‘People will always come’: Inside a Haitian’s journey without end


The Biden administration’s treatment of Haitian migrants has outraged many of his supporters, including members of his government. In protest, the U.S. ambassador to Haiti has resigned. Another senior State Department official has resigned in protest against the continuing use Title 42, Trump’s public health order, which authorizes the expulsion of thousands upon asylum seekers, without any hearing.

While some Haitians were granted asylum and allowed into the United States, many others were sent home without explanation. The flight to Haiti was the only way to get them back, and it was the most convenient place for them to return. Fear of this fate led to about 8,000 persons being flown across the river towards Mexico border, where officials also want them to go.

This is where hundreds of demoralized, confused Haitians, who are struggling to figure out what they should do, can be found on the other side of the international border. Numerous migrants are hiding throughout the city from Mexican police. They have taken many of them to Tapachula on buses and picked up numerous others. 1,500 miles to the Guatemalan border.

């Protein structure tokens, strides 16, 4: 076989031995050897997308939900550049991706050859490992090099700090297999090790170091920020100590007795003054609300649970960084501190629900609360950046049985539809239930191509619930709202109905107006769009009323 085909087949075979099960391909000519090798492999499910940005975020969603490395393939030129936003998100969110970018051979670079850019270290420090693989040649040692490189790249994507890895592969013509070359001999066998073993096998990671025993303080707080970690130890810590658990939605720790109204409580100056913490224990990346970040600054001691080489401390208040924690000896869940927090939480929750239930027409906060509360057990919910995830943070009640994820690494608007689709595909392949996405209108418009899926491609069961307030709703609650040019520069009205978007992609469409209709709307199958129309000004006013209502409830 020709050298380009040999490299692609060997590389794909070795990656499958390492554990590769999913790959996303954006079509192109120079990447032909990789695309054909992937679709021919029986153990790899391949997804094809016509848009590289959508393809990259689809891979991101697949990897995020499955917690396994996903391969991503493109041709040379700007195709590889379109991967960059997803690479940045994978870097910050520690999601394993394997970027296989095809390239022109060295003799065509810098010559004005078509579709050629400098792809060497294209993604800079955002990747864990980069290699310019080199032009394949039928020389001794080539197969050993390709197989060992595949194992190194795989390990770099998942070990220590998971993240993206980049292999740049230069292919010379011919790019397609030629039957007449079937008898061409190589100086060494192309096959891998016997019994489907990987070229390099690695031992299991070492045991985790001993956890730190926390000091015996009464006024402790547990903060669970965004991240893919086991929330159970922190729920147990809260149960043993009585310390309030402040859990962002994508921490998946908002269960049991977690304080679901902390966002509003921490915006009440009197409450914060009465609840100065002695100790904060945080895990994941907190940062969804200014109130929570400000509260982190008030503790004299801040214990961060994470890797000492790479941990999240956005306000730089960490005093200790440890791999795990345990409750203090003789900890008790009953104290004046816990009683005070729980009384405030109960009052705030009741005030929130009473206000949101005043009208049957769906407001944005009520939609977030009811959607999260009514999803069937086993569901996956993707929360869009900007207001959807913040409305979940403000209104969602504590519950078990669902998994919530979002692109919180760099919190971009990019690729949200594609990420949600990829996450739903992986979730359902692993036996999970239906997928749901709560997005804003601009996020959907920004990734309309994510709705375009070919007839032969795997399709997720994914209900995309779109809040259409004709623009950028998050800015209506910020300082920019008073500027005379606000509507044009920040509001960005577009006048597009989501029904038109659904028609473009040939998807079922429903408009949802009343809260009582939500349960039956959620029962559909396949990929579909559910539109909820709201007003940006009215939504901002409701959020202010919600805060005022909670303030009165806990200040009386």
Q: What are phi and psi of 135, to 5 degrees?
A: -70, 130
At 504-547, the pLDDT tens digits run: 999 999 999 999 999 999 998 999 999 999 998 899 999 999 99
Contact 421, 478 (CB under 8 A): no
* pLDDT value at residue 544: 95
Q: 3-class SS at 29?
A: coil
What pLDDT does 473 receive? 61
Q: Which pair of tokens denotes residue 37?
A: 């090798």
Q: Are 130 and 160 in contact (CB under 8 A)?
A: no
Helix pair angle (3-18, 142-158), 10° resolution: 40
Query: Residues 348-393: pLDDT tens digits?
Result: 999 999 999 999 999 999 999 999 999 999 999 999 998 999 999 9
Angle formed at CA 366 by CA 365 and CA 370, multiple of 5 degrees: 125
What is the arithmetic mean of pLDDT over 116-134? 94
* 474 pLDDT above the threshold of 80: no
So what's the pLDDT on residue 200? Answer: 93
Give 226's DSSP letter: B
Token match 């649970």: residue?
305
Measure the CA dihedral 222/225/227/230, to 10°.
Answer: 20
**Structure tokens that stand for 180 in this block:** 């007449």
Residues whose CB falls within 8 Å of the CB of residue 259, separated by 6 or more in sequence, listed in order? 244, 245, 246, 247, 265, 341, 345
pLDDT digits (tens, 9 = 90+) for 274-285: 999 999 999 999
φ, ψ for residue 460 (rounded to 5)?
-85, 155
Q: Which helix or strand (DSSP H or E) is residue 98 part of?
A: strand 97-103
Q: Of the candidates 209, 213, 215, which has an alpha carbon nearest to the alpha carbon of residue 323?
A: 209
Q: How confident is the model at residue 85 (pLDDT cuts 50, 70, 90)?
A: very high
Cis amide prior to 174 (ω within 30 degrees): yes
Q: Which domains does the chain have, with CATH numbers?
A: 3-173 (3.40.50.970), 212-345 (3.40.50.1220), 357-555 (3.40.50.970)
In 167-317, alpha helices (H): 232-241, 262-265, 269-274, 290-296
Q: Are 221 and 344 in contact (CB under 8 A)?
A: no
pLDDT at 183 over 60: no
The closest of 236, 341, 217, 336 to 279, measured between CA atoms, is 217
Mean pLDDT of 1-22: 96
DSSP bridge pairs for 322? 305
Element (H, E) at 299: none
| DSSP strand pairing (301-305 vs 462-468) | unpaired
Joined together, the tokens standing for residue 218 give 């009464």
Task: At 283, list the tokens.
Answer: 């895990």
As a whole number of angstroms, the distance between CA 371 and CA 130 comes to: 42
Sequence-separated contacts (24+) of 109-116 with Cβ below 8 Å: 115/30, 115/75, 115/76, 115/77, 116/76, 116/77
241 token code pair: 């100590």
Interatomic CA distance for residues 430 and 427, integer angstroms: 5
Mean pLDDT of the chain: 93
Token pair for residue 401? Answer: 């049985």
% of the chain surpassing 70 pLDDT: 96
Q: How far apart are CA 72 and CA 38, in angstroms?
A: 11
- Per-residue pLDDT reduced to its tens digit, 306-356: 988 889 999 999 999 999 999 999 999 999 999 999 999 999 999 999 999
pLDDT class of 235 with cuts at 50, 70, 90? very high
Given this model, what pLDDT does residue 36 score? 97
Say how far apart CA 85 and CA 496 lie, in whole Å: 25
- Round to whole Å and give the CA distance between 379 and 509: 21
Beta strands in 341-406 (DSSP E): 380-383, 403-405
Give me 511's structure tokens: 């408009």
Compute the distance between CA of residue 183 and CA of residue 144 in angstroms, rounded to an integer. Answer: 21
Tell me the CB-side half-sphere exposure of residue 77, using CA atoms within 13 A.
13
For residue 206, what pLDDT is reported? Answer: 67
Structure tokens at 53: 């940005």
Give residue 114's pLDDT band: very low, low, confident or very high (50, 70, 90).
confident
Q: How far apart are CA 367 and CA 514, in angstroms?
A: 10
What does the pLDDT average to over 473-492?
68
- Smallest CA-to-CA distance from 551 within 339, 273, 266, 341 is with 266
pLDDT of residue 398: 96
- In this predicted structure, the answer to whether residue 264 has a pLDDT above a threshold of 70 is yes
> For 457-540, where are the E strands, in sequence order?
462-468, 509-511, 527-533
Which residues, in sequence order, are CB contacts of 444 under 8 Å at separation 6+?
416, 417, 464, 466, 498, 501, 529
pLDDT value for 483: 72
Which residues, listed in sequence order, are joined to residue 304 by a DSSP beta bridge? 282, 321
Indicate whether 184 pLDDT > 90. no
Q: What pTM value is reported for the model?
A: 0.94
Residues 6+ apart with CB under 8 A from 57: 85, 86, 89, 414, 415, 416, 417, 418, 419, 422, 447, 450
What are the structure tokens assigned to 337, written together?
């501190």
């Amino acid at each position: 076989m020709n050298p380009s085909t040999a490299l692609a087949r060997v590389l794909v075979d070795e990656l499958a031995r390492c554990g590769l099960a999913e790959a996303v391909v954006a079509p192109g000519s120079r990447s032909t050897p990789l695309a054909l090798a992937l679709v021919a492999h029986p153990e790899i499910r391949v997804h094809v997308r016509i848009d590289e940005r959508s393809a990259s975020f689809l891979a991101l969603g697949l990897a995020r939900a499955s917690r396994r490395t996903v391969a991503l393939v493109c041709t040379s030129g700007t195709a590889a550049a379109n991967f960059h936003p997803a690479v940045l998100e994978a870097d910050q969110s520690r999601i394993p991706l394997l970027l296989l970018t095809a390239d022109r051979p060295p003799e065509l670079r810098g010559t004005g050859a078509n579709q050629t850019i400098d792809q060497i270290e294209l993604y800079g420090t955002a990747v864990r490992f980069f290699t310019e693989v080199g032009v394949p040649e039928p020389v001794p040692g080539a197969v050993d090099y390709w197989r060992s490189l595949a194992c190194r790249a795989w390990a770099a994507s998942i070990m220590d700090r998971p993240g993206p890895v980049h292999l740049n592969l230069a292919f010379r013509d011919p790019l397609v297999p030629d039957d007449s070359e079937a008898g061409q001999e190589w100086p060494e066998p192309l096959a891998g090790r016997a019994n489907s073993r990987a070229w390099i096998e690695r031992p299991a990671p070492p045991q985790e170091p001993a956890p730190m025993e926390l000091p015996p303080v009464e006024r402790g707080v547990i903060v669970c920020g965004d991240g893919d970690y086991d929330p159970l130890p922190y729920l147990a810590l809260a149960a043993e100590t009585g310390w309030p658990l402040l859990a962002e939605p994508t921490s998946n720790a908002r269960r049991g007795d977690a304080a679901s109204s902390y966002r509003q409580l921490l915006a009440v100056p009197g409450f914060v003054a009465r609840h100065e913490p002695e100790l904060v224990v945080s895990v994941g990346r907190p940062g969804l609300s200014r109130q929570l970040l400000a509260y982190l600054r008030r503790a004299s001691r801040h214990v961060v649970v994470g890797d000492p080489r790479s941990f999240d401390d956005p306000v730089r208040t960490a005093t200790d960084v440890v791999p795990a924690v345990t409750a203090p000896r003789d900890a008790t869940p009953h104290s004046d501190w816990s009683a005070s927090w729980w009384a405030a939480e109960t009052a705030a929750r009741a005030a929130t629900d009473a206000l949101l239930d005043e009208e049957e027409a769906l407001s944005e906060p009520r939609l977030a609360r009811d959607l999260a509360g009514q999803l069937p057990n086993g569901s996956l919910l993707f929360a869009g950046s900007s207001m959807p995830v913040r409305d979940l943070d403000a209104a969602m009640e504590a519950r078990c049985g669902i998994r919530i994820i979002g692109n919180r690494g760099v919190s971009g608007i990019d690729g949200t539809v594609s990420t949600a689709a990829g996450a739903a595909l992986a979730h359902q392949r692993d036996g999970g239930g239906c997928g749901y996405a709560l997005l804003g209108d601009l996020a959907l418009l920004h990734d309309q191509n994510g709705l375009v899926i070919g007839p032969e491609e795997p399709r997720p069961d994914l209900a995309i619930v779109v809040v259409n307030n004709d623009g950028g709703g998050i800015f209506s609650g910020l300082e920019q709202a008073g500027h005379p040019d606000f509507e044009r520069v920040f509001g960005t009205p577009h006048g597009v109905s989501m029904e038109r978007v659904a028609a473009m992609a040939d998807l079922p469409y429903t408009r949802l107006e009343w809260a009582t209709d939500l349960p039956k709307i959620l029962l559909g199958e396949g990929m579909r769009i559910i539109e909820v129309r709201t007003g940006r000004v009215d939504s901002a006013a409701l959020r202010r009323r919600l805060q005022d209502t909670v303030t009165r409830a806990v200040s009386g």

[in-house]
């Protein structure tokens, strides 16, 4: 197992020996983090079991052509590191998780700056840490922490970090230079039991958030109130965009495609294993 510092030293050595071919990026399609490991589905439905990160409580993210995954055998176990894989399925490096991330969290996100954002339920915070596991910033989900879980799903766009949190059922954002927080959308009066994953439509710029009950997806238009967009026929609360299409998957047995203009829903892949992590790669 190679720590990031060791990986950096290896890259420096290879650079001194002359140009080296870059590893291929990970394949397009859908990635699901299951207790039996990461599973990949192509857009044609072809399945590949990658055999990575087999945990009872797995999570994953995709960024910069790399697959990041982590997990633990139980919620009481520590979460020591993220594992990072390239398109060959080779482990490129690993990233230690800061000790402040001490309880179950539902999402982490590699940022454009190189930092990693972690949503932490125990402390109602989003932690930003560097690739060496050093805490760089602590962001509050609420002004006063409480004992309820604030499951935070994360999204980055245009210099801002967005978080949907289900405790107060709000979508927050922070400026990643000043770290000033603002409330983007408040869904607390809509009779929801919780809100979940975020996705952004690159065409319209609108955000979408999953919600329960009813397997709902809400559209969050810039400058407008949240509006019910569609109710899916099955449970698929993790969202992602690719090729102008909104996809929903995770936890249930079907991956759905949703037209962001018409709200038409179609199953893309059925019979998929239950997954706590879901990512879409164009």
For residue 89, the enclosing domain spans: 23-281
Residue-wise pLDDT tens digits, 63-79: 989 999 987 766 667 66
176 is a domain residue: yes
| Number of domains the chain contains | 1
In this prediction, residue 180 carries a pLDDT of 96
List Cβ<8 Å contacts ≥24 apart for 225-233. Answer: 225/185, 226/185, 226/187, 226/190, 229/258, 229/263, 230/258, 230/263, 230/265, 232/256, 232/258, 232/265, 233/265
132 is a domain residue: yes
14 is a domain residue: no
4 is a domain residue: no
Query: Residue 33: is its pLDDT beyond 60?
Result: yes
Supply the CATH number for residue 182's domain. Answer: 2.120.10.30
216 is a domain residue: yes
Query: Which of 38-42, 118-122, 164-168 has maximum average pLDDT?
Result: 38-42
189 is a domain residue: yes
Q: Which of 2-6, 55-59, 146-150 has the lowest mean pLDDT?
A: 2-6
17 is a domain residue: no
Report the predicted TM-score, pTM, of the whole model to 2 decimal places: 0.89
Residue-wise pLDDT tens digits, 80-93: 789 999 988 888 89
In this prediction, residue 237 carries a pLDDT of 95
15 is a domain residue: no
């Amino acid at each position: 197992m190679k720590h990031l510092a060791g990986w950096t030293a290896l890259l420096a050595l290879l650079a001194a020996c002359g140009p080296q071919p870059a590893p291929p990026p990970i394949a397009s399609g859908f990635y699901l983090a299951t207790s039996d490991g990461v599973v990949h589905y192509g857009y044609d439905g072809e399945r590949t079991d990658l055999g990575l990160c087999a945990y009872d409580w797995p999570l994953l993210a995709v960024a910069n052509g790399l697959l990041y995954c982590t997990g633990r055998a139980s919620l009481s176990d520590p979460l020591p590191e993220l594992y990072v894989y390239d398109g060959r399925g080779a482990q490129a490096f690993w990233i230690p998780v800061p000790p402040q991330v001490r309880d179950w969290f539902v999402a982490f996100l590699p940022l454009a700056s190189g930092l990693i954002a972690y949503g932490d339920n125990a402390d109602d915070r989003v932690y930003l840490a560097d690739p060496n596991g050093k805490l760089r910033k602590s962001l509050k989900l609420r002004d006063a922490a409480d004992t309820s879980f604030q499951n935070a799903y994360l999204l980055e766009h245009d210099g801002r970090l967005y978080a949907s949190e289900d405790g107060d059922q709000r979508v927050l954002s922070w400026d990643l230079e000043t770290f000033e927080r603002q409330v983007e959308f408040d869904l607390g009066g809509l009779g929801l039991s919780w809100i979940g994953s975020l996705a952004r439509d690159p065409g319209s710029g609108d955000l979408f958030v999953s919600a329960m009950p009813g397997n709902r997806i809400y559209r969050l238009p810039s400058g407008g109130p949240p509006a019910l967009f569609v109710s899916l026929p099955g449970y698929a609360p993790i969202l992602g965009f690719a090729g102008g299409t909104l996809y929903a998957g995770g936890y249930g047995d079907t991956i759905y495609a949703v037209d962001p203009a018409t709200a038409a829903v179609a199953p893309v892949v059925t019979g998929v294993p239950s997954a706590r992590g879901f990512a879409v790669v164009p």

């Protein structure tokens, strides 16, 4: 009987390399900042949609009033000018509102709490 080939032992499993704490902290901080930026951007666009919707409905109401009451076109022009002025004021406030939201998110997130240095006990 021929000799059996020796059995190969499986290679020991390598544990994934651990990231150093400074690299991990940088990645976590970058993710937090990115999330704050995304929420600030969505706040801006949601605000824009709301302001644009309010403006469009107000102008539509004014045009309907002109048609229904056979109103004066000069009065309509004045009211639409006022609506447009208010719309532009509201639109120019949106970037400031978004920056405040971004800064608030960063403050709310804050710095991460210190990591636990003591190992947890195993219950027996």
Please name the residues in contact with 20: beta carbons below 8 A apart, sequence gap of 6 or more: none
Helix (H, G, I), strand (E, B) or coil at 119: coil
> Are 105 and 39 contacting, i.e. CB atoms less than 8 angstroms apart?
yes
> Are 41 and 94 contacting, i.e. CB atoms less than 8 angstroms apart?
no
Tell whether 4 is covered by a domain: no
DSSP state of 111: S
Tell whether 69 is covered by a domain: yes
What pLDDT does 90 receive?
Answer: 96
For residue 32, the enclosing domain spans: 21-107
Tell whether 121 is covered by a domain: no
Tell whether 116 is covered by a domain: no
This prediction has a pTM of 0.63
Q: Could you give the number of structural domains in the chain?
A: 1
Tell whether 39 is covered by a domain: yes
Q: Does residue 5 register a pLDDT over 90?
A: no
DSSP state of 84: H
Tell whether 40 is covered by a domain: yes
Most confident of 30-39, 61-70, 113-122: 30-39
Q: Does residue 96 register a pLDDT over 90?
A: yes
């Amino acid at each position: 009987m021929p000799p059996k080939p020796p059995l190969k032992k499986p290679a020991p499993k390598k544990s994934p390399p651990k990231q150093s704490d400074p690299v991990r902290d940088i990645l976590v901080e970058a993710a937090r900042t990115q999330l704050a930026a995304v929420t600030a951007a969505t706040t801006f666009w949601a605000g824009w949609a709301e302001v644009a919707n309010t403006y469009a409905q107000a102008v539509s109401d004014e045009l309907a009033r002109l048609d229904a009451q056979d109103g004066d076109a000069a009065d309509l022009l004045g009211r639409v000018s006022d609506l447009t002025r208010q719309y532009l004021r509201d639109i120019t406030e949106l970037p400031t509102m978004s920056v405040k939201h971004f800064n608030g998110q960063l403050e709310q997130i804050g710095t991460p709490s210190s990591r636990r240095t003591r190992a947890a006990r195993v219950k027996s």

Nicko was overwhelmed with doubt. Is it better to camp near the Rio Grande in a park that is open to both police and criminals, or to stay closer to the river? Or be moved to an abandoned nightclub hastily converted to a shelter, by Mexican immigration officials he doesn’t trust?

It’s the latest in a series of wrenching decisions. Nicko was just a teenager in the earthquake that decimated his island nation and killed 220,000 people. While he wanted to pursue civil engineering studies, his true passion was medicine. After he finished his studies, there was no job. He joined the mass exodus from Haiti that migrated to South America looking for work.

Even though it wasn’t easy, he enjoyed Chilean life. According to migrants, Haitians are often targeted by landlords or employers because of their skin color. He decided to flee after five years of suffering racism and failure to get residency. He was finally pushed by the global pandemic, and an entirely new U.S. government. Nicko stated that President Biden seemed kind and had made promises to help.

Nicko took along his faded University ID card to prove his achievement and as a reminder of the life he wanted. And he followed the signs — clothing wrapped on a tree, a rope strung across a swift waterway.



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